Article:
Beetles in pasta, crickets in pizza: this will be possible in the future. New EU regulations approve two new molds for edible insects in January. Some are disgusted, others praise the food of the future. FOCUS online answers the most important questions about this.
Some people think directly of the jungle camp. The house cricket and the grain mold beetle are now allowed to end up in our food – in a very specific form. Others are even worried that insects will be foisted on them unnoticed. It’s very easy to take. “Anything that is approved as a novel food must appear as an ingredient on the list of ingredients,” explains Daniela Krehl from Consumer Protection Bavaria in an interview with FOCUS online. The European Union had previously examined the house cricket like other insects intensively and “based on the available studies, there were no health concerns”.
Krehl adds: “We generally have a positive attitude towards insects. They provide many important nutrients and are rich in protein.” Of course, it is important that allergy sufferers are informed. Because the house crickets are very similar to the crustaceans, which are among the twelve main allergens. “Therefore, if it is not labeled properly, it would be a big problem. Anyone who is allergic to house dust mites should also be careful.” The labeling is regulated in the current regulations. The details and what you need to know about the newly approved insects:
The new EU Regulation 2023/5 approves partially defatted powder from Acheta domesticus (house cricket) as a novel food for five years exclusively for the company Cricket One Co. Ltd (located in Vietnam), which submitted the application in 2019.
Click here for the EU regulation 2023/5.
The house cricket itself – frozen, dried or powdered – has been authorized since March 2022 (Applicant: Fair Insects BV).
The list of approved uses for house cricket powder is long. She is admitted in
Concrete products for both food insects cannot be named at the moment.
The larvae of Alphitobius diaperinus (grain mold beetle) in frozen, paste-like, dried and powdered form may initially be placed on the market exclusively for five years by the company Ynsect NL B.V. (located in the Netherlands).
Specifically, it says: “The novel food consists of whole grain mold beetle in frozen, paste, dried and powdered form. The term ‘grain mold beetle’ refers to the larval form of Alphitobius diaperinus, a species of insect belonging to the Tenebrionidae (dark beetle) family. The whole grain mold beetles are for human consumption, no parts are removed.”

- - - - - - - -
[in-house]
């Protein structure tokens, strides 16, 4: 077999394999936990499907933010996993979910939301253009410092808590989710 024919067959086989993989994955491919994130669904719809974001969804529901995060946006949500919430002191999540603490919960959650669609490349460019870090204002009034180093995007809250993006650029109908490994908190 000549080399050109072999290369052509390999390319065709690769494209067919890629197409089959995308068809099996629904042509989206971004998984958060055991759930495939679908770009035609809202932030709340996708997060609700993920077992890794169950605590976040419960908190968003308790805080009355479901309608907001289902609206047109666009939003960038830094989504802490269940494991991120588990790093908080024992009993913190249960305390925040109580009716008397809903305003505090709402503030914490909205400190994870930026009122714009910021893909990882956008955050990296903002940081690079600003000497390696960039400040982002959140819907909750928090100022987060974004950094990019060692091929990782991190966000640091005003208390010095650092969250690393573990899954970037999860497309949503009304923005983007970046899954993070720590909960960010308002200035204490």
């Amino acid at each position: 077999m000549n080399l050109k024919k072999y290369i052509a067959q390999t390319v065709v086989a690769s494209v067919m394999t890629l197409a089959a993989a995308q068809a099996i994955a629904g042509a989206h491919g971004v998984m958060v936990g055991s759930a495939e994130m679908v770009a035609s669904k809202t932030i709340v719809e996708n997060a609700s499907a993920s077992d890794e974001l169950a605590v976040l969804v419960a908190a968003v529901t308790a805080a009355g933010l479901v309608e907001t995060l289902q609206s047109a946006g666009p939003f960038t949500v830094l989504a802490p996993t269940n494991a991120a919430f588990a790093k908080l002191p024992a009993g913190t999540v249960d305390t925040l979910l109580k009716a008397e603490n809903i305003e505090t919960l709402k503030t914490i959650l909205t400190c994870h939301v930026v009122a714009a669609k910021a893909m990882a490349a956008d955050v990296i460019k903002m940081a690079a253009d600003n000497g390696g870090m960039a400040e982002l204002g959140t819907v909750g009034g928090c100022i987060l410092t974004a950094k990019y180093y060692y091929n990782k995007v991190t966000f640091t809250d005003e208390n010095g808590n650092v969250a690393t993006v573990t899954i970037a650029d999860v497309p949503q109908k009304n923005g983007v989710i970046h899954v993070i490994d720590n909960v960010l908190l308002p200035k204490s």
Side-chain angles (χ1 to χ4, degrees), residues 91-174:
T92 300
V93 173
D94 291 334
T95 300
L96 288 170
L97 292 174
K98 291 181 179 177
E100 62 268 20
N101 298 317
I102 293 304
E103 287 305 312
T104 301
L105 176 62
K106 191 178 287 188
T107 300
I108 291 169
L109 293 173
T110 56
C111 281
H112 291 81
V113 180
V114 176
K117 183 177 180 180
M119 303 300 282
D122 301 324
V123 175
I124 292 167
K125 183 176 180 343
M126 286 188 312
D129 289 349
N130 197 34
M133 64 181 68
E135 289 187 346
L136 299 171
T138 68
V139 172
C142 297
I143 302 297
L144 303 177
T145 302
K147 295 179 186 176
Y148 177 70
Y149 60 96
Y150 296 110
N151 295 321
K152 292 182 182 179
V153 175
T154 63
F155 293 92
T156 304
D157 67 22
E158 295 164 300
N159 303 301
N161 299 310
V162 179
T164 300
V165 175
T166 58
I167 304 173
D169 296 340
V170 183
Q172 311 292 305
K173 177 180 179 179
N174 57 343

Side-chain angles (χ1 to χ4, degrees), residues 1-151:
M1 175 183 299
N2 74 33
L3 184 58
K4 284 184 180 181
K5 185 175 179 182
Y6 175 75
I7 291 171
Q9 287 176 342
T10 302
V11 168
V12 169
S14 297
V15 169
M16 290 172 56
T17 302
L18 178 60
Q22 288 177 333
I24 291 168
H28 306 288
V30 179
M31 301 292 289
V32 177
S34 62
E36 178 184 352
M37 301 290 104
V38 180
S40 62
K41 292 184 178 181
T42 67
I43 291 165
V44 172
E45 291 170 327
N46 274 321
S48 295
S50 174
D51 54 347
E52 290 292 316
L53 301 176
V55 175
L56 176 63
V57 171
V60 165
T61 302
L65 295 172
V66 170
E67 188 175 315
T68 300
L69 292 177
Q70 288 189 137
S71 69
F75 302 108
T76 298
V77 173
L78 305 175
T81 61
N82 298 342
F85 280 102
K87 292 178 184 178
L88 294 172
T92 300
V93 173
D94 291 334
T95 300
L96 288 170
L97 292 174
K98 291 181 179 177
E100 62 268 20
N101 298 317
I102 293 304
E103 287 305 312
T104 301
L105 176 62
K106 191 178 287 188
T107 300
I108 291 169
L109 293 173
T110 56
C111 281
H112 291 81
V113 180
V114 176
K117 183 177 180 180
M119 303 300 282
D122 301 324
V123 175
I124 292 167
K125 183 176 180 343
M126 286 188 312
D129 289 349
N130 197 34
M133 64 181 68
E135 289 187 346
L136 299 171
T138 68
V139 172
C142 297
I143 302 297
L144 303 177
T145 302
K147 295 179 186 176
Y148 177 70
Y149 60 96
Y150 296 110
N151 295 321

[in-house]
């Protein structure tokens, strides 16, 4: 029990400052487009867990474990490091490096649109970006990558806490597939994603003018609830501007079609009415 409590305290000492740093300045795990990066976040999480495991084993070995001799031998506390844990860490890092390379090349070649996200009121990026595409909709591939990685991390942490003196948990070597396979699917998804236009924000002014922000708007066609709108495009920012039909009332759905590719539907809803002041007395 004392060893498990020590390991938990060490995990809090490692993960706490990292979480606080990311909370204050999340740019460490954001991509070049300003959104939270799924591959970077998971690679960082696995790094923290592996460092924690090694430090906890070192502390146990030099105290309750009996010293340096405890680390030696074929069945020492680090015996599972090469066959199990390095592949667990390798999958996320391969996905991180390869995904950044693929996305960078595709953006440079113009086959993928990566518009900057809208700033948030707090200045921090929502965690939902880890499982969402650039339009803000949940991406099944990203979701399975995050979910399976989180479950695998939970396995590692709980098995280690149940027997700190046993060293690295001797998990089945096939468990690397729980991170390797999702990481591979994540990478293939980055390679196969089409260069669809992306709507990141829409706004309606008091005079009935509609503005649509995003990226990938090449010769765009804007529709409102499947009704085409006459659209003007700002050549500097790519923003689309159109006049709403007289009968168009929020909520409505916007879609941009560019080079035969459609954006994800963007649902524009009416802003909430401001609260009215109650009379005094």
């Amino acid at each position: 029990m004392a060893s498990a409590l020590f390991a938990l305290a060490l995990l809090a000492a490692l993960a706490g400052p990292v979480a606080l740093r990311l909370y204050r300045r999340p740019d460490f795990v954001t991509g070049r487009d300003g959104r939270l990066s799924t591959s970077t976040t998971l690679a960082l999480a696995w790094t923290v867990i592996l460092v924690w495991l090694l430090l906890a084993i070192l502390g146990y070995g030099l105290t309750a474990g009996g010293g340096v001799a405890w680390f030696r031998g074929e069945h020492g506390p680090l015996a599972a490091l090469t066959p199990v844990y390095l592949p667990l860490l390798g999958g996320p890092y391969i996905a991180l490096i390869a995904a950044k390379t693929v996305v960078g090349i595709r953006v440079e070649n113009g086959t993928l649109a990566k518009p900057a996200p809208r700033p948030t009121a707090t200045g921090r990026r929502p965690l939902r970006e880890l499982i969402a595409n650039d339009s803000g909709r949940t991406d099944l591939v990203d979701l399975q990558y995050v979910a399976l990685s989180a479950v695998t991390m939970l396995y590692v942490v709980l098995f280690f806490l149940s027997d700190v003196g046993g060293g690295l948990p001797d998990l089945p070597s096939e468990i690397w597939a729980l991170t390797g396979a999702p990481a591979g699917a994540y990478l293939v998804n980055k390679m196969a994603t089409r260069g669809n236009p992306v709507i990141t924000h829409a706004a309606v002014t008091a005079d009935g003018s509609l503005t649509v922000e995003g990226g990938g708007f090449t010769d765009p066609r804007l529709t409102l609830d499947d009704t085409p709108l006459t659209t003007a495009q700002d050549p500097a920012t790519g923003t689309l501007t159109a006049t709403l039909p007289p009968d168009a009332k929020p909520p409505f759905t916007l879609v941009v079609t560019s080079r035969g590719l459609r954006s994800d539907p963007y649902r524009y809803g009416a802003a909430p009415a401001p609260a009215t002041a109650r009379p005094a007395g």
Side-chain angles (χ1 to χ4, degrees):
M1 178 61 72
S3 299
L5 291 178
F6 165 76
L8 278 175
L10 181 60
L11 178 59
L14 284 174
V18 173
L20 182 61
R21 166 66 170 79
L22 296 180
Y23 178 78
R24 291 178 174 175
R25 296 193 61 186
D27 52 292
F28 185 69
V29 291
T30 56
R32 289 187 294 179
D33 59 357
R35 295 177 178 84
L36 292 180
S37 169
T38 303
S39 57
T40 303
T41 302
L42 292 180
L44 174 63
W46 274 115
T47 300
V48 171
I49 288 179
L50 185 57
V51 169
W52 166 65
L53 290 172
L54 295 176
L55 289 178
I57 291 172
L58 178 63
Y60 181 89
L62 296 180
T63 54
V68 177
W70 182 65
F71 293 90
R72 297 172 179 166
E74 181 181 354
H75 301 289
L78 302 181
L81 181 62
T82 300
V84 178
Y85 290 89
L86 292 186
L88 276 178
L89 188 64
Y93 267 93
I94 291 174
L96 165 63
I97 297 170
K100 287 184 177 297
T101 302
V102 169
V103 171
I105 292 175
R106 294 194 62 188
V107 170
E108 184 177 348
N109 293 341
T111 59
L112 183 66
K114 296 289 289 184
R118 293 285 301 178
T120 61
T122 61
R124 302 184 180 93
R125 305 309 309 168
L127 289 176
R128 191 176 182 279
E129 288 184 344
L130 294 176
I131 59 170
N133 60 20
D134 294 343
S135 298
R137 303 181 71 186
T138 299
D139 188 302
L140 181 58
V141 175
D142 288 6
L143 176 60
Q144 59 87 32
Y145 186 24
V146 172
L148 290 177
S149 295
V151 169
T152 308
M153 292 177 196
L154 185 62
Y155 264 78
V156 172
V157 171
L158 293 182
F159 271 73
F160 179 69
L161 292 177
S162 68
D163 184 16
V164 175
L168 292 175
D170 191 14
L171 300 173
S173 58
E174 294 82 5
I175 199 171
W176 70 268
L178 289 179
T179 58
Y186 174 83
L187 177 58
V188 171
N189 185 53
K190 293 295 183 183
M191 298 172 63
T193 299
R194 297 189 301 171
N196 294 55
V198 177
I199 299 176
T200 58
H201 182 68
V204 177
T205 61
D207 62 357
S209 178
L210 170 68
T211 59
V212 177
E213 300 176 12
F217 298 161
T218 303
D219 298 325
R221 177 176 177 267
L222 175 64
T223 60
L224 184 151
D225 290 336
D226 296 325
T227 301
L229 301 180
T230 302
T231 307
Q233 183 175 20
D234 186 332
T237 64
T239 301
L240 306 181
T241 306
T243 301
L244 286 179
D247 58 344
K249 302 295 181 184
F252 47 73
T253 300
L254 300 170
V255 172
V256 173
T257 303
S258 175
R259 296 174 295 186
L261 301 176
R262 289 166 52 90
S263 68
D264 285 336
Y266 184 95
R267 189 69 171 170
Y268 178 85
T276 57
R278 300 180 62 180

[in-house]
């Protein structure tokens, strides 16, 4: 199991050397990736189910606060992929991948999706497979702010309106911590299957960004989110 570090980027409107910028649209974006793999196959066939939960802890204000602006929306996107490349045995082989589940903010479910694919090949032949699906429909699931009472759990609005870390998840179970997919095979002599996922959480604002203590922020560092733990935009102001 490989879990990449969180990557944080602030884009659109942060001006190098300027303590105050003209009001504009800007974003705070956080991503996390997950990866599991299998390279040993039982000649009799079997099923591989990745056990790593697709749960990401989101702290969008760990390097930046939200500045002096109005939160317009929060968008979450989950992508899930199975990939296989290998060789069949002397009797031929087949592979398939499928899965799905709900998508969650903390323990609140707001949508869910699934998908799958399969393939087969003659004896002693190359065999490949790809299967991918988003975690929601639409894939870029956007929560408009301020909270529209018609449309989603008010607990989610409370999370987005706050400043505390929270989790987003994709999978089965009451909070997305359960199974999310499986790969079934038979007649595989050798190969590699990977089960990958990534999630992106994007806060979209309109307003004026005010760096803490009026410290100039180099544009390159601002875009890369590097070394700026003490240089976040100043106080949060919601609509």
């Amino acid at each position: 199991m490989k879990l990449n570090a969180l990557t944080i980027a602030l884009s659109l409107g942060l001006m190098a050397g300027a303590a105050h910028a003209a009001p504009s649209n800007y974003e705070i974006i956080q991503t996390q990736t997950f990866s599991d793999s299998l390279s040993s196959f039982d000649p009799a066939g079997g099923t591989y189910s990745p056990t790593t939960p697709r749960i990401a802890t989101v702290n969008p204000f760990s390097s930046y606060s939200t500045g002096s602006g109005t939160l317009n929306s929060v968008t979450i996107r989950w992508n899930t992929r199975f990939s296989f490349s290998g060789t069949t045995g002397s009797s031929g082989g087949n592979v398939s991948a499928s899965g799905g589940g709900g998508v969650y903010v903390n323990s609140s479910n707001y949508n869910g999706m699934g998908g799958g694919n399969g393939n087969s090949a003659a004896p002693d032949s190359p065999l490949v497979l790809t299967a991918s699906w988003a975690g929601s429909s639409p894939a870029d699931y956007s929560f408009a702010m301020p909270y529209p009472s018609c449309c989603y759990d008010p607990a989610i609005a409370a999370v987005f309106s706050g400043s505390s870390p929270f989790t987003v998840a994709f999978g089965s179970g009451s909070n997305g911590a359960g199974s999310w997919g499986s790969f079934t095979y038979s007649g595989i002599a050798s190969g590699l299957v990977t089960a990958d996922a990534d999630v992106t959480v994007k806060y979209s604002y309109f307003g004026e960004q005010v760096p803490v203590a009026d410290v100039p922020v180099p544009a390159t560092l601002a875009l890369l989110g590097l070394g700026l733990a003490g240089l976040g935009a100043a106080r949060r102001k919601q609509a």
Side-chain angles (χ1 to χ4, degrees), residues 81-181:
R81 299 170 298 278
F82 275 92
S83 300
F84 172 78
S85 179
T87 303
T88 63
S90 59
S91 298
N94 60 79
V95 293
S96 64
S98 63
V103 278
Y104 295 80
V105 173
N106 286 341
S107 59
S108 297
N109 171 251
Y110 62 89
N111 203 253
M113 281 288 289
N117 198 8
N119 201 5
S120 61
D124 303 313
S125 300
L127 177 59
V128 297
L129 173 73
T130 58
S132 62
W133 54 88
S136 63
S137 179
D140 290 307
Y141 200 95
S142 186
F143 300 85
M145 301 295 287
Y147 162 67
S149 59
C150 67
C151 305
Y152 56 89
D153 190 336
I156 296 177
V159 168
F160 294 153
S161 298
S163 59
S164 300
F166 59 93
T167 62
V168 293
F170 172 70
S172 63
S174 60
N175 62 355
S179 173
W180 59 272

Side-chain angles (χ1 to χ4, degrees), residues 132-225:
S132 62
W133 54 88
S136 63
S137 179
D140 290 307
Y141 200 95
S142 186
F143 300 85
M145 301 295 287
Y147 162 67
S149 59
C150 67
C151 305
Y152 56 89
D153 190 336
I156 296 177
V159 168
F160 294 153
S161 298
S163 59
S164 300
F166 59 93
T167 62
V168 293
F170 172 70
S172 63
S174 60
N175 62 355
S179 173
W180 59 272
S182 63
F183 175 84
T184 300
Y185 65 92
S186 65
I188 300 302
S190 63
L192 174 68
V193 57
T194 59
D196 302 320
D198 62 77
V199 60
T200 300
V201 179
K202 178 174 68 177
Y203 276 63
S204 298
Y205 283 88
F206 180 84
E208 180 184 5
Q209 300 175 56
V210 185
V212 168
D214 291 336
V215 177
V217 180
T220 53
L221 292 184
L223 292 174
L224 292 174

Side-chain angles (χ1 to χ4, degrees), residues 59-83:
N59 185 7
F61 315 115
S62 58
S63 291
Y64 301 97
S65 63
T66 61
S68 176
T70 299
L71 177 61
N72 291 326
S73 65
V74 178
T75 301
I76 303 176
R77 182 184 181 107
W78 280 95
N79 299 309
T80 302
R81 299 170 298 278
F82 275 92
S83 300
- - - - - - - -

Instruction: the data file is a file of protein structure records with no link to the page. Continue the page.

The text of the ordinance also points out: “Before killing the insects with a heat treatment, you must go without feeding for at least 24 hours so that the larvae can release their intestinal contents.”
Click here for EU regulation 2023/58.
The novel food can be added to the following foods:
Cricket: The name in the list of ingredients is “partially defatted powder of Acheta domesticus (domestic cricket)” .
Grain mold beetle: The name in the list of ingredients is either, “frozen larvae/paste of larvae of Alphitobius diaperinus (grain mold beetle)” or “dried larvae/powder of larvae of Alphitobius diaperinus (grain mold beetle)” .
Insects are seen as novel foods in the EU. If companies want to sell such, they submit a novel food application. The European Commission then subjects this to an intensive safety check by the European Food Safety Authority (EFSA).
According to the World Health Organization (WHO), more than 2100 species of insects are considered edible for humans. Two of them have been approved as food in the European Union since 2021: the mealworm and the European migratory locust. Now, with the new EU regulations, the house cricket and the grain mold beetle are added.
According to consumer expert Krehl, anyone who has no allergies can try the insects without any problems. Because they provide valuable nutrients and proteins. Allergy sufferers, on the other hand, should study the list of ingredients carefully.
The food association points out that for both edible insects there must be a statement that “this ingredient can trigger allergic reactions in consumers who are known to be allergic to crustaceans and products made from them and to house dust mites”. This notice must be placed in the immediate vicinity of the list of ingredients, even if not specifically highlighted. The food experts also emphasize that the edible insects are specially bred, i.e. they grow up under controlled conditions with special food.
Your protein-rich nutrient composition :
It could be dangerous for some people at the bakery or in the restaurant.
Since the new ingredients are only just coming onto the market, not all allergy sufferers are aware of them. Krehl therefore points out that there could currently be problems with loose goods, such as bread or rolls at the bakery or in the restaurant. Those affected should therefore inquire. Bakers or restaurateurs must also identify the newly approved insect ingredients.
In principle, foods containing insects are considered healthy and at the same time food of the future. Consumer expert Krehl hopes that developments will continue in this direction. “I can only recommend them as a protein and nutrient-rich food,” says Krehl in an interview with FOCUS online. “These are sustainable foods that produce fewer CO2 emissions and fewer excretions.” However, she also points out that there are still many unanswered questions. These include, for example, regulation of insect farms to ensure that the animals bred here do not get into the environment or regulations on what the crickets or grasshoppers are fed with before they are processed.